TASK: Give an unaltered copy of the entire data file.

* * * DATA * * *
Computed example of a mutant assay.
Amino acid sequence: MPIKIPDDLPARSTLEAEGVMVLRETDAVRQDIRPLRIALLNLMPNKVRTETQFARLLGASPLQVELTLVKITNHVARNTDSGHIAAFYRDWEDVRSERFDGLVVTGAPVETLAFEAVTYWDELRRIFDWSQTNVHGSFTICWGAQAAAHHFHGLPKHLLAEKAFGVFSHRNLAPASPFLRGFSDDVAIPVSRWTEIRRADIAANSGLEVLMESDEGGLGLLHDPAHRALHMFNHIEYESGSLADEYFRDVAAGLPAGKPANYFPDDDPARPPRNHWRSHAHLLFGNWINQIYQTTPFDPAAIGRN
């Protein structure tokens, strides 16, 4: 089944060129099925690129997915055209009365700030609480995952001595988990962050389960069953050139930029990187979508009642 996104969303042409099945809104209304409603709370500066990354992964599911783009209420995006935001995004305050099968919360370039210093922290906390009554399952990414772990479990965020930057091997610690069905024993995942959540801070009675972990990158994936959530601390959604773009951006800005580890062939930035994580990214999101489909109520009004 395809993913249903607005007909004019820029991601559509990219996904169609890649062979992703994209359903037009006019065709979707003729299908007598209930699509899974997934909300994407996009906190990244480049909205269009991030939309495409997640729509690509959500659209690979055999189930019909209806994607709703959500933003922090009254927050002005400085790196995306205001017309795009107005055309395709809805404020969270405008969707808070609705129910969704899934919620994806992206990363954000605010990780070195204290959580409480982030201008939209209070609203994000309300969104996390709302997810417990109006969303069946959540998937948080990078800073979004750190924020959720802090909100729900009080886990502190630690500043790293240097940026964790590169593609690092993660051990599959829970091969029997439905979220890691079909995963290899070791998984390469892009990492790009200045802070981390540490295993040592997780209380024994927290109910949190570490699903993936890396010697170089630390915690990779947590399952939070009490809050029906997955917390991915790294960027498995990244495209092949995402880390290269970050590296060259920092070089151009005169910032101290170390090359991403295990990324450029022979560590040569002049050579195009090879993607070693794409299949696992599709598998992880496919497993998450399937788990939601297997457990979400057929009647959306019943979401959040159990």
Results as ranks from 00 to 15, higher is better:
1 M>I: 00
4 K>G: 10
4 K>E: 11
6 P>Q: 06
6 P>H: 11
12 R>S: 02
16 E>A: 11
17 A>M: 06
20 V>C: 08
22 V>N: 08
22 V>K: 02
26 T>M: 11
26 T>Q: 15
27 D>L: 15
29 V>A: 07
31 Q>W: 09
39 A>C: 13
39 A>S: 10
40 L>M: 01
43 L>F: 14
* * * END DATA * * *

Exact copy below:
Computed example of a mutant assay.
Amino acid sequence: MPIKIPDDLPARSTLEAEGVMVLRETDAVRQDIRPLRIALLNLMPNKVRTETQFARLLGASPLQVELTLVKITNHVARNTDSGHIAAFYRDWEDVRSERFDGLVVTGAPVETLAFEAVTYWDELRRIFDWSQTNVHGSFTICWGAQAAAHHFHGLPKHLLAEKAFGVFSHRNLAPASPFLRGFSDDVAIPVSRWTEIRRADIAANSGLEVLMESDEGGLGLLHDPAHRALHMFNHIEYESGSLADEYFRDVAAGLPAGKPANYFPDDDPARPPRNHWRSHAHLLFGNWINQIYQTTPFDPAAIGRN
């Protein structure tokens, strides 16, 4: 089944060129099925690129997915055209009365700030609480995952001595988990962050389960069953050139930029990187979508009642 996104969303042409099945809104209304409603709370500066990354992964599911783009209420995006935001995004305050099968919360370039210093922290906390009554399952990414772990479990965020930057091997610690069905024993995942959540801070009675972990990158994936959530601390959604773009951006800005580890062939930035994580990214999101489909109520009004 395809993913249903607005007909004019820029991601559509990219996904169609890649062979992703994209359903037009006019065709979707003729299908007598209930699509899974997934909300994407996009906190990244480049909205269009991030939309495409997640729509690509959500659209690979055999189930019909209806994607709703959500933003922090009254927050002005400085790196995306205001017309795009107005055309395709809805404020969270405008969707808070609705129910969704899934919620994806992206990363954000605010990780070195204290959580409480982030201008939209209070609203994000309300969104996390709302997810417990109006969303069946959540998937948080990078800073979004750190924020959720802090909100729900009080886990502190630690500043790293240097940026964790590169593609690092993660051990599959829970091969029997439905979220890691079909995963290899070791998984390469892009990492790009200045802070981390540490295993040592997780209380024994927290109910949190570490699903993936890396010697170089630390915690990779947590399952939070009490809050029906997955917390991915790294960027498995990244495209092949995402880390290269970050590296060259920092070089151009005169910032101290170390090359991403295990990324450029022979560590040569002049050579195009090879993607070693794409299949696992599709598998992880496919497993998450399937788990939601297997457990979400057929009647959306019943979401959040159990």
Results as ranks from 00 to 15, higher is better:
1 M>I: 00
4 K>G: 10
4 K>E: 11
6 P>Q: 06
6 P>H: 11
12 R>S: 02
16 E>A: 11
17 A>M: 06
20 V>C: 08
22 V>N: 08
22 V>K: 02
26 T>M: 11
26 T>Q: 15
27 D>L: 15
29 V>A: 07
31 Q>W: 09
39 A>C: 13
39 A>S: 10
40 L>M: 01
43 L>F: 14